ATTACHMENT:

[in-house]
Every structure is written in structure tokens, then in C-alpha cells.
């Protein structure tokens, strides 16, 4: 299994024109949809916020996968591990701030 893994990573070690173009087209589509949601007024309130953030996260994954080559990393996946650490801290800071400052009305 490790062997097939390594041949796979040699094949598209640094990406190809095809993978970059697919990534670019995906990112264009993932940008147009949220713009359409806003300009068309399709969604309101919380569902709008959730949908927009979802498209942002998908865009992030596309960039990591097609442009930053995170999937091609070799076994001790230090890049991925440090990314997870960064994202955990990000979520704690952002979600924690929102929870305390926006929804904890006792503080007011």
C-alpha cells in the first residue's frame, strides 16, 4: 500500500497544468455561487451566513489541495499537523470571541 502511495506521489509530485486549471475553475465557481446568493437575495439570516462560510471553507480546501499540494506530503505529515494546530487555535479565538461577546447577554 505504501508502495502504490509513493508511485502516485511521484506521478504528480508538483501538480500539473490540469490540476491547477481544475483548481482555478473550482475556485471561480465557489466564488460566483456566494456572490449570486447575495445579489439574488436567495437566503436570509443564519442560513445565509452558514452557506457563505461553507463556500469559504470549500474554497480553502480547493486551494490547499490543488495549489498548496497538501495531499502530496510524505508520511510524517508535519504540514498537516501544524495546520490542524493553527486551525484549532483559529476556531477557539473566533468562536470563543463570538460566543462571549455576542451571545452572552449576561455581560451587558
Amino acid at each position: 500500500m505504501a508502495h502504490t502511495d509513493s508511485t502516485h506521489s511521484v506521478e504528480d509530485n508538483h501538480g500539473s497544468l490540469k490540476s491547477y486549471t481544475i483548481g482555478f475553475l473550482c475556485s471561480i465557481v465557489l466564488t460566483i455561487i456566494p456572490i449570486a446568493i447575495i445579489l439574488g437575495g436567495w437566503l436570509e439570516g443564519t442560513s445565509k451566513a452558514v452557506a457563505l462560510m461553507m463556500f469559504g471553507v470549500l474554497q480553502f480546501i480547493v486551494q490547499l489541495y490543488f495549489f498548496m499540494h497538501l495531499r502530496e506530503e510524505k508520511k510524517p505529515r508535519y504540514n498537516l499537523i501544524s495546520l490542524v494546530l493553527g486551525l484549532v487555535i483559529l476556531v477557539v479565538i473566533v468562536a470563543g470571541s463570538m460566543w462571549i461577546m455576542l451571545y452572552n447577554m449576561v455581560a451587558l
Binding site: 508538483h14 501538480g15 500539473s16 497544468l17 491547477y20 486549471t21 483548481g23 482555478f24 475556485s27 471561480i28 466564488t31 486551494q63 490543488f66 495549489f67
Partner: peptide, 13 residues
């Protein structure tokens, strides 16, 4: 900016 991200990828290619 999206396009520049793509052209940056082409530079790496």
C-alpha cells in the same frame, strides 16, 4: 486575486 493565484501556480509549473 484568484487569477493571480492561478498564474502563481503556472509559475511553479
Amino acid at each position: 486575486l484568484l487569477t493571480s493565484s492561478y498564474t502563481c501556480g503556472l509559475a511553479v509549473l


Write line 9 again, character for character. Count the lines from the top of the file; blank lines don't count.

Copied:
C-alpha cells in the same frame, strides 16, 4: 486575486 493565484501556480509549473 484568484487569477493571480492561478498564474502563481503556472509559475511553479